Back in May we published an article on how Covid-19 is impacting commercial properties. A great deal has happened since then. In light of a possible second wave, commercial tenants face difficult questions once again. They also face the possibility of not being able to sustain their premises long-term, even if they survived the initial hit. We have updated our previous advice for the current situation.

Updated commercial property Covid-19 guidance

On 19 June 2020, the government published a code of practice for landlords and tenants of commercial property across the UK. While this is a voluntary code, it has been endorsed by organisations including the Royal Institution of Chartered Surveyors, Federation of Small Business and the British Chambers of Commerce. The main principle of the code is ‘transparency and collaboration’ and to ‘promote good practice amongst landlord and tenant relationships.’

Check your lease to see what can be lawfully done

Commercial leases vary greatly. Before doing anything, you should seek advice from a trusted professional as the wording of your lease could drastically affect the steps you should take. Certainly, don’t take any definitive action based on ‘google’ search results or informal opinion (including ours!)

Check your lease to see if there are any provisions that may assist you, such as:

  • Any break clause that allows tenant to terminate the lease early;
  • Any turnover rent provisions that make rent payable wholly or partly dependent upon the income generated from the premises; and/or
  • Any force majeure clause (although these are rare in commercial leases and are very much ‘wording’ dependent).

Note that there may be repercussions to your insurance if you rely on the above clauses and so you must consult your insurer before taking any action.

You must also be aware of the wording that may cause you difficulty or damage. For example, some commercial leases may contain ‘keep open’ clauses and/or ‘operating/opening hours’ clauses. It is likely a defence may be available where it is unlawful to ‘keep open’. Should restrictions be lifted, the keep open clauses will re-apply.

Can I reduce or suspend rent payments on commercial property due to Covid-19?

To date, rent suspensions were not supported by government which meant that businesses have been, and continue to be, liable to pay rent. The Coronavirus Act 2020 did however offer protection from forfeiture for ‘relevant’ business tenants and this protection has been extended to 31st December 2020. So, while the rent remains legally payable, and continues to stack up as a debt, if a commercial tenant did not pay, they cannot be evicted for non-payment. “Rent” includes any sum a tenant is liable to pay under a business tenancy.

Non-payment may have serious knock-on effects such as being considered a material breach of contract resulting in a loss of security of tenure.

Where a tenant is unable to pay its rent in full, the Government is encouraging Landlords to refer to the voluntary code named above.

Can a landlord take tenant goods to settle rent arrears or file a wind-up petition on commercial property due to Covid-19?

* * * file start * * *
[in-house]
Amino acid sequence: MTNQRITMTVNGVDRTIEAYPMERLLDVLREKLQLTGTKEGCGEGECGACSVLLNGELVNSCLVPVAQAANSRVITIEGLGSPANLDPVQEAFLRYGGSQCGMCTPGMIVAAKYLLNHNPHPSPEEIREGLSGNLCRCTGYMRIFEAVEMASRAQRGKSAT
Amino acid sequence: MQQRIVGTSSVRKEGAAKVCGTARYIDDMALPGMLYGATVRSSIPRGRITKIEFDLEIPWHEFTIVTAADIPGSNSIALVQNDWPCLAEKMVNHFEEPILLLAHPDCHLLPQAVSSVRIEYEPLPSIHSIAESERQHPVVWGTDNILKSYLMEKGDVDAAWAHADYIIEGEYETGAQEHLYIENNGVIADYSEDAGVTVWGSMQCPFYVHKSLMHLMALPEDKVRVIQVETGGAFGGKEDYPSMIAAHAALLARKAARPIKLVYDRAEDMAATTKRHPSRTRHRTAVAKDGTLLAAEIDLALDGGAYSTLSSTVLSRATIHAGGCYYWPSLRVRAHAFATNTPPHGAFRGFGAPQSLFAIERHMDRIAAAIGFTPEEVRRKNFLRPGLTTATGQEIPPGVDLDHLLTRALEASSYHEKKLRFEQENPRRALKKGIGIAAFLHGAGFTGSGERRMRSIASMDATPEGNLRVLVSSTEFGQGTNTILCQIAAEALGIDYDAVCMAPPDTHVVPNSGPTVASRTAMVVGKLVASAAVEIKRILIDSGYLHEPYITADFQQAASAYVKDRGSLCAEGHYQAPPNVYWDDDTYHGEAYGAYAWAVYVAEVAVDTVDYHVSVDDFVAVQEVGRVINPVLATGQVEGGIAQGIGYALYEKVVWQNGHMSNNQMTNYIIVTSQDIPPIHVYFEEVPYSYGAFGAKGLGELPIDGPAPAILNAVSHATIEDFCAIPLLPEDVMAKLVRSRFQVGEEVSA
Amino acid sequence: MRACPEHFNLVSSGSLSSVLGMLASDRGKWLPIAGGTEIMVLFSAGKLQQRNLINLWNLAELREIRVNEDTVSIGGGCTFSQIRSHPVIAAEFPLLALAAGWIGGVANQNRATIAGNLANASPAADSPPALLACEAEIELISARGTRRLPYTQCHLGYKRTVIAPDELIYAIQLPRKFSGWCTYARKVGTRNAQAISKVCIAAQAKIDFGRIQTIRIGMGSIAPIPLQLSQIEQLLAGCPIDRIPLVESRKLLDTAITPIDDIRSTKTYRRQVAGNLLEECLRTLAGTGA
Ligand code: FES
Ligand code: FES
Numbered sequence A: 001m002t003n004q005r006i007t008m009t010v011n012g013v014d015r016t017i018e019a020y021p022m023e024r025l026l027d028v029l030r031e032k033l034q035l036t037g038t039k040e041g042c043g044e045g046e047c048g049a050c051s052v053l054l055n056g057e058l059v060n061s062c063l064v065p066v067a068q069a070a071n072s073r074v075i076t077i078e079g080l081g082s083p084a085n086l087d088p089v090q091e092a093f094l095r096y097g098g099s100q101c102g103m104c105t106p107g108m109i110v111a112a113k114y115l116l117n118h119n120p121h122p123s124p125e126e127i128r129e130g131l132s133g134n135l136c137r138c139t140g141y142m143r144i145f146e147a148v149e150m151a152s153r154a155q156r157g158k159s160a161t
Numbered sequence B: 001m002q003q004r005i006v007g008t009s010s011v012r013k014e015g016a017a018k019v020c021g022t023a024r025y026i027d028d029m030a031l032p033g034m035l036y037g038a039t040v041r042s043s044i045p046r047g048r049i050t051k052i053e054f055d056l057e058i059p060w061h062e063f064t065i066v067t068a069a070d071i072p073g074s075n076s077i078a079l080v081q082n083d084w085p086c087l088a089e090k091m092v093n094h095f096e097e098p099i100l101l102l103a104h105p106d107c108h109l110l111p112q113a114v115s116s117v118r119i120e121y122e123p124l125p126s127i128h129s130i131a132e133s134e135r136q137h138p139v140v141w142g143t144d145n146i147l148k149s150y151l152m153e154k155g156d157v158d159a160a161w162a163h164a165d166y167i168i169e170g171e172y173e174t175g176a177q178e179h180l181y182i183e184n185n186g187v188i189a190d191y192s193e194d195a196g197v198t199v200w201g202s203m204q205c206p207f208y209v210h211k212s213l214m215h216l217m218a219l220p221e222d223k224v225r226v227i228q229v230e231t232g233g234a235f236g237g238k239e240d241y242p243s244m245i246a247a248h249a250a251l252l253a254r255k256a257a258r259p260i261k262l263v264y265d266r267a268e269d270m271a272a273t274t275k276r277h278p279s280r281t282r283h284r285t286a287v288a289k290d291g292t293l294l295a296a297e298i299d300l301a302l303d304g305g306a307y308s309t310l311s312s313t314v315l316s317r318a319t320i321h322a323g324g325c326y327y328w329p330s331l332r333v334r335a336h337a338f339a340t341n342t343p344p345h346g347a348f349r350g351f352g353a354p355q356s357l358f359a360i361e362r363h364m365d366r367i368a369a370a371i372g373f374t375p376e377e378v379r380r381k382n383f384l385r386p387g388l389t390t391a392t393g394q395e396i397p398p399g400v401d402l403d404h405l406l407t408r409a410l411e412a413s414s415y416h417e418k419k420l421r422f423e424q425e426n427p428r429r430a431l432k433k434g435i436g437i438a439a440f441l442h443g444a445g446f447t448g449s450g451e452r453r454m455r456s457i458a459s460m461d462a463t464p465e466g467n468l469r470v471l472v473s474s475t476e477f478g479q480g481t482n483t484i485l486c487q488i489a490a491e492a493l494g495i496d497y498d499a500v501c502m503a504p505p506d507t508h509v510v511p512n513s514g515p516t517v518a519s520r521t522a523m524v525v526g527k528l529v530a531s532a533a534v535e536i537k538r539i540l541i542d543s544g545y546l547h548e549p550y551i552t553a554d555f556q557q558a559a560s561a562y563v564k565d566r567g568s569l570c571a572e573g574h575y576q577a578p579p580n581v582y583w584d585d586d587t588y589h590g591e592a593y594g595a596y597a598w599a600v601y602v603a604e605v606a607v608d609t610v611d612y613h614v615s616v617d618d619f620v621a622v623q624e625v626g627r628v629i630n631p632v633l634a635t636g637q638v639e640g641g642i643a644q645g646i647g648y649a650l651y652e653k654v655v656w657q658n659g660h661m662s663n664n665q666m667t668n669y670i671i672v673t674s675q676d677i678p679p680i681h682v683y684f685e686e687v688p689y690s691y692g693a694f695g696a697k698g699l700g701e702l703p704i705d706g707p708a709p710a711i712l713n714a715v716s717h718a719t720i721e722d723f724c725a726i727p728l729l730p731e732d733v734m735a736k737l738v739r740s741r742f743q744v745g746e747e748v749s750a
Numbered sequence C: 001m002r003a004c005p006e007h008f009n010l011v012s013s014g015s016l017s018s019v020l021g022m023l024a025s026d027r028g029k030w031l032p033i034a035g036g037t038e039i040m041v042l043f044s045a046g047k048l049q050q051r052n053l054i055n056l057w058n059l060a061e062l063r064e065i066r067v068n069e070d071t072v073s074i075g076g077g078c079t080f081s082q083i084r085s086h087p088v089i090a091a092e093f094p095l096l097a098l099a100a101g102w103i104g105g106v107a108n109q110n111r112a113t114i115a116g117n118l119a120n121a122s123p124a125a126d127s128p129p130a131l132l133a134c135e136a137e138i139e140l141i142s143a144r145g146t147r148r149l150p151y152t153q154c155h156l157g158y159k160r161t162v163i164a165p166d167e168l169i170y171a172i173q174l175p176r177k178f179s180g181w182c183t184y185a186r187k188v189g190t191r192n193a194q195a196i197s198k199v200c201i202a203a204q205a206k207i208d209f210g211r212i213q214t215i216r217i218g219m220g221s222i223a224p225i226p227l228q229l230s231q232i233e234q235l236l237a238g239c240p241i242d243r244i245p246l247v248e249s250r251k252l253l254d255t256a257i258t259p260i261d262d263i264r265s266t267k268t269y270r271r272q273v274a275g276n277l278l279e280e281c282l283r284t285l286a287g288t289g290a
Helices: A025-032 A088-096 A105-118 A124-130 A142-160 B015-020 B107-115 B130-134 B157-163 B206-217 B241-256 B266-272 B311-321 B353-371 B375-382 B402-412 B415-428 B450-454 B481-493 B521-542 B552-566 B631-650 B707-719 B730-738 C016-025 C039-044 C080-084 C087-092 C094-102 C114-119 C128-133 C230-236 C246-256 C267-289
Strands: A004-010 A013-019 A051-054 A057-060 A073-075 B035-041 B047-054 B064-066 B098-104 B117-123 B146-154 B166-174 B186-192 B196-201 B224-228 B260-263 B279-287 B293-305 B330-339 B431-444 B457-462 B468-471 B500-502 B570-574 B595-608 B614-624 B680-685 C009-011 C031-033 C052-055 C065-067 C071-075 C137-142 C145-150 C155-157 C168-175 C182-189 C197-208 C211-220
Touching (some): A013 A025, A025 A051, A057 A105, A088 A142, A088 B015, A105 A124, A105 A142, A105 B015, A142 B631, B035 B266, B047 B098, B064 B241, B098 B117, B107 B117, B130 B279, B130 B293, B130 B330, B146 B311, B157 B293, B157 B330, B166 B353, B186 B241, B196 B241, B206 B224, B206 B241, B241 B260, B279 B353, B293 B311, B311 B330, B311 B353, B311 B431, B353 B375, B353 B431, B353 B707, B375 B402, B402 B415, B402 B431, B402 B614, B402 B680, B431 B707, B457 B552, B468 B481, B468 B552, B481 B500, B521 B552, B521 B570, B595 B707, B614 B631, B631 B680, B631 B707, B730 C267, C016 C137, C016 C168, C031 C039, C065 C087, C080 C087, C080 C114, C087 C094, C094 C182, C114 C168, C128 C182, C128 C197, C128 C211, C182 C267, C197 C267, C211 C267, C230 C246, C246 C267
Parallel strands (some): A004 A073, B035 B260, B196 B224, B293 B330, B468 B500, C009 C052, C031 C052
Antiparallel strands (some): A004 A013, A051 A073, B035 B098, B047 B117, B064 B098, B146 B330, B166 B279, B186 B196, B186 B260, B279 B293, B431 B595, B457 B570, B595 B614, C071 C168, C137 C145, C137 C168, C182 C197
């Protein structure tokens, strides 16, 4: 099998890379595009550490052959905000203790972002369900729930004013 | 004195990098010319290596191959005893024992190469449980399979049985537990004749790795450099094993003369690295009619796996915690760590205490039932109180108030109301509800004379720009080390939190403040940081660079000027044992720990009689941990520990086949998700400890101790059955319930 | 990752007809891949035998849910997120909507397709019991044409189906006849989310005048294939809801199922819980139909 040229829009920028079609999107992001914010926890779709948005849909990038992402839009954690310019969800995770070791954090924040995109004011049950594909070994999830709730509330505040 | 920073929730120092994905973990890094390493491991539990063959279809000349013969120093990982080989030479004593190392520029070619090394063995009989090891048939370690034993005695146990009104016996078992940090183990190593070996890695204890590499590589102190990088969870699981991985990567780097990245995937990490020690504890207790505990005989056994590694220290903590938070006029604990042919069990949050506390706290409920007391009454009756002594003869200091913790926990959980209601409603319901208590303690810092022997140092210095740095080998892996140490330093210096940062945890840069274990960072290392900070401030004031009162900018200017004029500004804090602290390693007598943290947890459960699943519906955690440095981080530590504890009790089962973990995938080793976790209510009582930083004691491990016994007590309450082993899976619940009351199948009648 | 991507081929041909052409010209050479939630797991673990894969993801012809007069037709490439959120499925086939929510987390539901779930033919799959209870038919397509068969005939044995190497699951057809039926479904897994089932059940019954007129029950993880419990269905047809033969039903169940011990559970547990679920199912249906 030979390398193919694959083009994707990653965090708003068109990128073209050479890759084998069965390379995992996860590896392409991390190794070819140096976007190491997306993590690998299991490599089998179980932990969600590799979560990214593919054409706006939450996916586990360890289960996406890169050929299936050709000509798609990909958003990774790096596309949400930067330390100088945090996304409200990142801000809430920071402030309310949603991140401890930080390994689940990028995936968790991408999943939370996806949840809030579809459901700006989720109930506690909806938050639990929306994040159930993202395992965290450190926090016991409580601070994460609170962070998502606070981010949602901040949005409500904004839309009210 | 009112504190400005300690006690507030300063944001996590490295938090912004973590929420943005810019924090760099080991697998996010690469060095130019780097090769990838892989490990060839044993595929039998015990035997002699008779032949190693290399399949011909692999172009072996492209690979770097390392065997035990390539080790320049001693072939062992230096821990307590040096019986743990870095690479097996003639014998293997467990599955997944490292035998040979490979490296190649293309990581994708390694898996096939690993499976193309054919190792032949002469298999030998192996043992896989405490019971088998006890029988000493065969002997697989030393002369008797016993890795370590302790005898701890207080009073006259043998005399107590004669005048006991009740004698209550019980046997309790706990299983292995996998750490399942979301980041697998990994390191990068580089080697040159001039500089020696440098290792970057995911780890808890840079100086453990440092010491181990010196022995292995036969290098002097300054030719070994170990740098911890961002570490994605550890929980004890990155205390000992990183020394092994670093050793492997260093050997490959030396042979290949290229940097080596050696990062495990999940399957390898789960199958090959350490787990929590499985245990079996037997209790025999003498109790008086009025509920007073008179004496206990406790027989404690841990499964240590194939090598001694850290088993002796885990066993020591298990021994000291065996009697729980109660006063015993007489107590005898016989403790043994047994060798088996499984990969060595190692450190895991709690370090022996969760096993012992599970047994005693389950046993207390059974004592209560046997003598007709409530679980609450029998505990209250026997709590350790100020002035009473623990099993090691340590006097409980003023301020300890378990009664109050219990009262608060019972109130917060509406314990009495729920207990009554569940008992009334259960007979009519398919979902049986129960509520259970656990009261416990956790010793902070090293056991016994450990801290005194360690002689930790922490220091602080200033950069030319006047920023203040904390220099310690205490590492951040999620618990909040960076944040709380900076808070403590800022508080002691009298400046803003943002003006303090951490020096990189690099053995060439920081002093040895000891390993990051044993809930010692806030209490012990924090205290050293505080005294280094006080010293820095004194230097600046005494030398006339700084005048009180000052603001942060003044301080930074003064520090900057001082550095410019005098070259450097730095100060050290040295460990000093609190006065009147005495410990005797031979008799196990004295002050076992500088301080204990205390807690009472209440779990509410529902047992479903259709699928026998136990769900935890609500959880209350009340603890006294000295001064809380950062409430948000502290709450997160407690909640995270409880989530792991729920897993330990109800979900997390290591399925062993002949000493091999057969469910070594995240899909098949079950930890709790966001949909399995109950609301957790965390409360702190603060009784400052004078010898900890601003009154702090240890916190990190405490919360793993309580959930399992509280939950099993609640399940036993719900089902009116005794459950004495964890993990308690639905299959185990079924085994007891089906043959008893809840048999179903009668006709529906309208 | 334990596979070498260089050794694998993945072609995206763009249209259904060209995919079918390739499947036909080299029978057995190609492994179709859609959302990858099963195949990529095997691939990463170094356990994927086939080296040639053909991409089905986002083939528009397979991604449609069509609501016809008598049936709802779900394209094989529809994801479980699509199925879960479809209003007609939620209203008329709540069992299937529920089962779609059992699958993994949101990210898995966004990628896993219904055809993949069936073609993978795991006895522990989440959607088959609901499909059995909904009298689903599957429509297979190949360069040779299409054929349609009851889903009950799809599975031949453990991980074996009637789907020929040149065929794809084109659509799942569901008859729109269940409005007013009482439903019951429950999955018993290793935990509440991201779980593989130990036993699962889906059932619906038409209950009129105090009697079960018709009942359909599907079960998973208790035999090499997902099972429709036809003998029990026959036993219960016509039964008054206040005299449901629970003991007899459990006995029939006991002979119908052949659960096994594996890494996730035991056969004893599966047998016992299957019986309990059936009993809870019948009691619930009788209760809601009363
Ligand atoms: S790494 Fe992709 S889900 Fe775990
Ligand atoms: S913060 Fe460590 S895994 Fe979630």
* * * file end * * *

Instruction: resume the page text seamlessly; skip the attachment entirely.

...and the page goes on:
From 29 September, the tenant must have at least 276 days’ worth of rent outstanding for the landlord to be able to exercise Commercial Rent Arrears Recovery. This will increase to 366 days’ from 25 December.

Until 31 December, no petition to wind up a company can be presented on the ground that the company has not paid sums due under a statutory demand served on or after 1 March 2020 unless the creditor has reasonable grounds to believe that coronavirus has not had a financial effect on the debtor or that the debtor would not have been able to pay in any event.

Has the stay in possession proceedings expired?

The Stay of all possession proceedings has now expired and there are important reactivation notice requirements for landlords and tenants to be aware of.

Look at your insurance policy

Many people will have turned to their insurance during this crisis and it is important for both landlords and tenants to understand their insurance position. Businesses should review their insurance policies and see how the policy may cover losses suffered as a result of coronavirus.

Some policies include business interruption cover and a recent trial case submitted by the Finance Conduct Authority has been a positive step in answering whether Coronavirus losses can be covered. This doesn’t mean to say however that your insurance will, without doubt, offer coverage but key causation issues have now been clarified by the court. Businesses may also have protection for loss where there is a notifiable disease and the government’s declaration of 5 March will assist in this regard.

What should we consider in future leases?

This is going to be interesting to monitor. It is likely that this second wave will cause more tenants and landlords to realise that we may be dealing with the impacts of covid-19 for some time. This makes our contracts more uncertain, with a greater need for flexibility for tenants and a greater need for security for landlords. Tenants will likely want shorter terms and more frequent break clauses whereas Landlords are likely to want to insist on higher rent deposits or guarantees.

We can advise commercial landlords and tenants on matters or disputes related to the ongoing coronavirus pandemic. Early legal advice can help to avoid more costly problems for both landlords and tenants. Contact us to speak to a lawyer from the business team about your situation.